- Paperback: 191 pages
- Publisher: Wisdom Publications; 2nd Revised edition edition (January 25, 1992)
- Language: English
- ISBN-10: 0861710649
- ISBN-13: 978-0861710645
- Product Dimensions: 5.8 x 0.6 x 8.5 inches
- Shipping Weight: 8.8 ounces
- Average Customer Review: 458 customer reviews
- Amazon Best Sellers Rank: #1,277,661 in Books (See Top 100 in Books)
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Mindfulness in Plain English Paperback – January 25, 1992
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If you'd like to read about meditation and then go back to your regular life, don't get this book. Henepola Gunaratana, a monk from Sri Lanka and venerated teacher of Buddhism, warns us that vipassana meditation is "meant to revolutionize the whole of your life experience." In one of the best nuts-and-bolts meditation manuals, he lays out the fundamentals of basic Buddhist meditation, the how, what, where, when, and why, including common problems and how to deal with them. His 52 years as a Buddhist monk make Mindfulness in Plain English an authority on a living tradition, and his years of teaching in America and elsewhere give it the clarity and straightforwardness that has made it so popular. If you'd like to learn the practice of meditation, you can't do better. --Brian Bruya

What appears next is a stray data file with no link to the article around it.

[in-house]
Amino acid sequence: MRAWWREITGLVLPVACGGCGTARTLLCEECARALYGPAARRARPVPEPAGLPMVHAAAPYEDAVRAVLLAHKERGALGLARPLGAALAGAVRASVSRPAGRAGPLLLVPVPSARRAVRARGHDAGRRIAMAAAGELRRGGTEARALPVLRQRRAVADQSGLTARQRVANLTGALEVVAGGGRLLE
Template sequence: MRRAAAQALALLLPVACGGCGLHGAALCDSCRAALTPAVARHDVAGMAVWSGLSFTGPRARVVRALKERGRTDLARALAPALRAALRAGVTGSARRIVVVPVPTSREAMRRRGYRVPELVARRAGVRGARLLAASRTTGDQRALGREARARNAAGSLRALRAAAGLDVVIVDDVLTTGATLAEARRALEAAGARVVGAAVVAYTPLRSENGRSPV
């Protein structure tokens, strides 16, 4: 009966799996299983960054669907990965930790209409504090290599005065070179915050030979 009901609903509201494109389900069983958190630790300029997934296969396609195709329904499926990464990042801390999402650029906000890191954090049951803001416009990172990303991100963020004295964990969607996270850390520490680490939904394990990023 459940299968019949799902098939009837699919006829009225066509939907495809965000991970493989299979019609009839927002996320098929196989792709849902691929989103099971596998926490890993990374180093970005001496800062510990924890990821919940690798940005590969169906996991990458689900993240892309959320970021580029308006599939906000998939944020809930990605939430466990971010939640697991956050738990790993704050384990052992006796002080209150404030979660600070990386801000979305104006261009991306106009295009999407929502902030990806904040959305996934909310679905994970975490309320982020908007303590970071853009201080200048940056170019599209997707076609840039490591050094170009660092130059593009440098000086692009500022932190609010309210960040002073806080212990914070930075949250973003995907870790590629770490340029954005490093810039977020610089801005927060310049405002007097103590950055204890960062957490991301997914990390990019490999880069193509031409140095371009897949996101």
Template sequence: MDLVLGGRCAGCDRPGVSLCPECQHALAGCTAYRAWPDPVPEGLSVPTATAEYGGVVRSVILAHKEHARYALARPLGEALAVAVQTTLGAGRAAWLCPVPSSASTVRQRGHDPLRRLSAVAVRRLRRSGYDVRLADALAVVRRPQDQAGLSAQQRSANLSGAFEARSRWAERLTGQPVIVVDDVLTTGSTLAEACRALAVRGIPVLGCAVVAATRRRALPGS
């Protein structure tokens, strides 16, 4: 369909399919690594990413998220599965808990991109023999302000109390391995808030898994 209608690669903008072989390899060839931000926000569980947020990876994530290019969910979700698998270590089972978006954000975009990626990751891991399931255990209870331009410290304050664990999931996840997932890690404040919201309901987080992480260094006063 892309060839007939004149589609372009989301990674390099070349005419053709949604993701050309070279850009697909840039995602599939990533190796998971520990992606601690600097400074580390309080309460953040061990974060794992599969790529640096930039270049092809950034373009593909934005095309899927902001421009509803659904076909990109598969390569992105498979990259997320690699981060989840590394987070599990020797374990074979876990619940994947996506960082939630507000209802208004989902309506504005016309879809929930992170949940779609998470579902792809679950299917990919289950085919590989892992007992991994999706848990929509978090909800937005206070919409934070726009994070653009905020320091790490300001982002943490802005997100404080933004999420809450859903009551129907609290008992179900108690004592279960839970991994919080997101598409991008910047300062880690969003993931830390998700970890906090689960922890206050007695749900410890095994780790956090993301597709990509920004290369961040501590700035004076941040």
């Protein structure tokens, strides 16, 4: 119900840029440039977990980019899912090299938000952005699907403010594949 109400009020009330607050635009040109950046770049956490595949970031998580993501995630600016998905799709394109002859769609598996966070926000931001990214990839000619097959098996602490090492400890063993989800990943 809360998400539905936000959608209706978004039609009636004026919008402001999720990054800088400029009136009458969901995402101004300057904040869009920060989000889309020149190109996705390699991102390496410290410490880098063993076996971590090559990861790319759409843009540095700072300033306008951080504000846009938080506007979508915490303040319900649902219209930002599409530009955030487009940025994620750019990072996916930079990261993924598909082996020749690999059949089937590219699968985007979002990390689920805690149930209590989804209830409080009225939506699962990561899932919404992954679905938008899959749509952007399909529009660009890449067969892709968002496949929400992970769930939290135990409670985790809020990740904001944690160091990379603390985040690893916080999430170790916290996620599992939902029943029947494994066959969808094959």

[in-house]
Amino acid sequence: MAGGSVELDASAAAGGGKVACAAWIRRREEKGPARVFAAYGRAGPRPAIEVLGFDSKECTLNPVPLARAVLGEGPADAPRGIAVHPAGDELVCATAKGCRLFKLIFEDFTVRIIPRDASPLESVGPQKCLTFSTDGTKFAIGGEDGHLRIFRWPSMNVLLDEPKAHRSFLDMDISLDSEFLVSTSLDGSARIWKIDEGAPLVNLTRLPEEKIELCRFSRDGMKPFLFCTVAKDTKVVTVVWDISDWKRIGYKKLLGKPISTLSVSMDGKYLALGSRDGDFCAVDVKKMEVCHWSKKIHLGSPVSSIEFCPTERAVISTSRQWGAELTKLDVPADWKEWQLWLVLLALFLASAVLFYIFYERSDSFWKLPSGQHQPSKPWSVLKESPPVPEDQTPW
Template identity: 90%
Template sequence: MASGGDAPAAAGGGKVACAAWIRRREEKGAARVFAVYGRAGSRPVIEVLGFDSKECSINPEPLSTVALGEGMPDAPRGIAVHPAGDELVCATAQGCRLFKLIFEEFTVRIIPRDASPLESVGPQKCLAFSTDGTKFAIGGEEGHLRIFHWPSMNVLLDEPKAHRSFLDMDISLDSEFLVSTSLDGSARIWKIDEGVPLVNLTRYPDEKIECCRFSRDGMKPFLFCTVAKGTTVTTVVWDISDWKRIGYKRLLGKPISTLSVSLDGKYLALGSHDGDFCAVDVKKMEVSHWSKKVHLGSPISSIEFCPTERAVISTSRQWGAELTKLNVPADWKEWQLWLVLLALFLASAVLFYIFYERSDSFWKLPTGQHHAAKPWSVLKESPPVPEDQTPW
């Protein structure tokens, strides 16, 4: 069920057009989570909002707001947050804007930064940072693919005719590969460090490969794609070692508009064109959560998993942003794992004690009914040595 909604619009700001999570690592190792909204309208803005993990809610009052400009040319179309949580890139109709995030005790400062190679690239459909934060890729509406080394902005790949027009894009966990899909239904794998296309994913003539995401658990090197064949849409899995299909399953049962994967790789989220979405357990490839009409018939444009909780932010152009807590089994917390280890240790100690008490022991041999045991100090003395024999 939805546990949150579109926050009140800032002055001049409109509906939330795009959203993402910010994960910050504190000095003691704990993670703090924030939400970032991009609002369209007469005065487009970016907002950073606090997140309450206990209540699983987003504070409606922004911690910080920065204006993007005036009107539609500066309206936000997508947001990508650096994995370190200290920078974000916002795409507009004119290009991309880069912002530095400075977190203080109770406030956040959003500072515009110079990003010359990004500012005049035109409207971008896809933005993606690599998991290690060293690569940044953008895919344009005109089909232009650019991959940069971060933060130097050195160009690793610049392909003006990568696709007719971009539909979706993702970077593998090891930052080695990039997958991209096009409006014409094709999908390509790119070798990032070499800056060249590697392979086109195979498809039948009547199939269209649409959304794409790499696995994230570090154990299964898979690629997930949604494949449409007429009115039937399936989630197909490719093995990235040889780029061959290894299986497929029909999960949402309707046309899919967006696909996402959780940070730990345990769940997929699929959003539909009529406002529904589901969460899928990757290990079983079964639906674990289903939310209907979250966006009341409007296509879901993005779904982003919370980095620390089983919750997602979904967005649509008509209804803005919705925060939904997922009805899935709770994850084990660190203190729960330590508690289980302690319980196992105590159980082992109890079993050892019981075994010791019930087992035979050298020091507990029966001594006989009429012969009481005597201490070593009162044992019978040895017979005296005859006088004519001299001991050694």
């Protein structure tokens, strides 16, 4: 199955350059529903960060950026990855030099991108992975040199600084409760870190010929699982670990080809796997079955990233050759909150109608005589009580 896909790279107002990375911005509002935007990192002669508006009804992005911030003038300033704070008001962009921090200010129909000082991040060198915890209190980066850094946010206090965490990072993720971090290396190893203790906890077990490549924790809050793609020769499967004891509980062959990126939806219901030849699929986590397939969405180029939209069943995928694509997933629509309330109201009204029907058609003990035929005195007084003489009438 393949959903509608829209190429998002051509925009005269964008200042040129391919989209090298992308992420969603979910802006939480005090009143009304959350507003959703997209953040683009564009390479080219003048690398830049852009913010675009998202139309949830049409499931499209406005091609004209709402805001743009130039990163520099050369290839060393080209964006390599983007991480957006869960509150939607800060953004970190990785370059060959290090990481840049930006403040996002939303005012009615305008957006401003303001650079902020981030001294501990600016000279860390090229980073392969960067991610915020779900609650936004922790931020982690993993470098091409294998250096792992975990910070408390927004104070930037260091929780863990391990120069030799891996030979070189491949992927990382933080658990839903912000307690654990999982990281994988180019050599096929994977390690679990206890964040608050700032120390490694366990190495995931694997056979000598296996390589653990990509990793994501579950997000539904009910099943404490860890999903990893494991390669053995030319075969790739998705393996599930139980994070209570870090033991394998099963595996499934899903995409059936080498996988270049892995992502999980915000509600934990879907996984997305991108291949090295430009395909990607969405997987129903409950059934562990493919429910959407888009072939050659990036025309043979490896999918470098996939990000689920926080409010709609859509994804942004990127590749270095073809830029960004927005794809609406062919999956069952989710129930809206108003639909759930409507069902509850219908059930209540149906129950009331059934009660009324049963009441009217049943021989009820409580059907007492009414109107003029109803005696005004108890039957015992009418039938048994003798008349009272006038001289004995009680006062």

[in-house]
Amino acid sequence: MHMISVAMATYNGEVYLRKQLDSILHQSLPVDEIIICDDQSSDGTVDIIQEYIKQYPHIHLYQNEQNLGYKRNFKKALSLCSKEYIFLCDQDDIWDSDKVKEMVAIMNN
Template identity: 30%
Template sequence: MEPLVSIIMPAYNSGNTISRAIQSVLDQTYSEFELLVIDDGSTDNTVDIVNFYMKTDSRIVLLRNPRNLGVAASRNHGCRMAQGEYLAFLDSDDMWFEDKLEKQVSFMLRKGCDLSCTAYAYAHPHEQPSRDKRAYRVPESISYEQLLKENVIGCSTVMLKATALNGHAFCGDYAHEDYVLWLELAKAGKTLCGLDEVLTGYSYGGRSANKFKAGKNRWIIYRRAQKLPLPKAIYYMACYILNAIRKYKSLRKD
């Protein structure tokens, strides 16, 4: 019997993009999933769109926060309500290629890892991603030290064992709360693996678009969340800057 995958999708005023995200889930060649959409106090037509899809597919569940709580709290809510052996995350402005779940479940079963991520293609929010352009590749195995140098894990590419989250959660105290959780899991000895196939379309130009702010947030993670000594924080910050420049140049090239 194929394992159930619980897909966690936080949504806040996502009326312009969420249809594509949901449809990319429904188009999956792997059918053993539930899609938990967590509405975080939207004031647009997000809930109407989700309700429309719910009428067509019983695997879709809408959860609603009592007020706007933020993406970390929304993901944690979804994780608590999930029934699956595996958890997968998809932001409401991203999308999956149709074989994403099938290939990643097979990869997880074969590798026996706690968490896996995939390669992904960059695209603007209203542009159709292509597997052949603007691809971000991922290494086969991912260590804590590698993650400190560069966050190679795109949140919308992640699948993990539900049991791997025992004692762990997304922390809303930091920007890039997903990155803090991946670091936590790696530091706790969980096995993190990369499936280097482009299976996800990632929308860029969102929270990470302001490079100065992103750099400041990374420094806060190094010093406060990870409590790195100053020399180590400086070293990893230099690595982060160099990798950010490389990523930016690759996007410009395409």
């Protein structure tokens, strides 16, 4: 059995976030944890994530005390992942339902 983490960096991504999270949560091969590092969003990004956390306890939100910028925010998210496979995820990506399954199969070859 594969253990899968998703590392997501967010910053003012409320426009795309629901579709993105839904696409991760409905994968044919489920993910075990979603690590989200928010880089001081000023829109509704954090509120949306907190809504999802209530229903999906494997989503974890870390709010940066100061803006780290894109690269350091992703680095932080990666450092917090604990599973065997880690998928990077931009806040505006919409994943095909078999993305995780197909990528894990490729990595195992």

"A masterpiece. I cannot recommend it highly enough." -- Jon Kabat-Zinn, author of Wherever You Go, There You Are
"Of great value to newcomers...especially people without access to a teacher." -- Larry Rosenberg, Director, Cambridge Insight Meditation Center
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I have a meticulous system for taking notes when I read, but it didn’t work with Mindfulness in Plain English. Underlining 90% of the book doesn’t help highlight the most important lessons. This is the best book on mindfulness and meditation that I’ve read to date.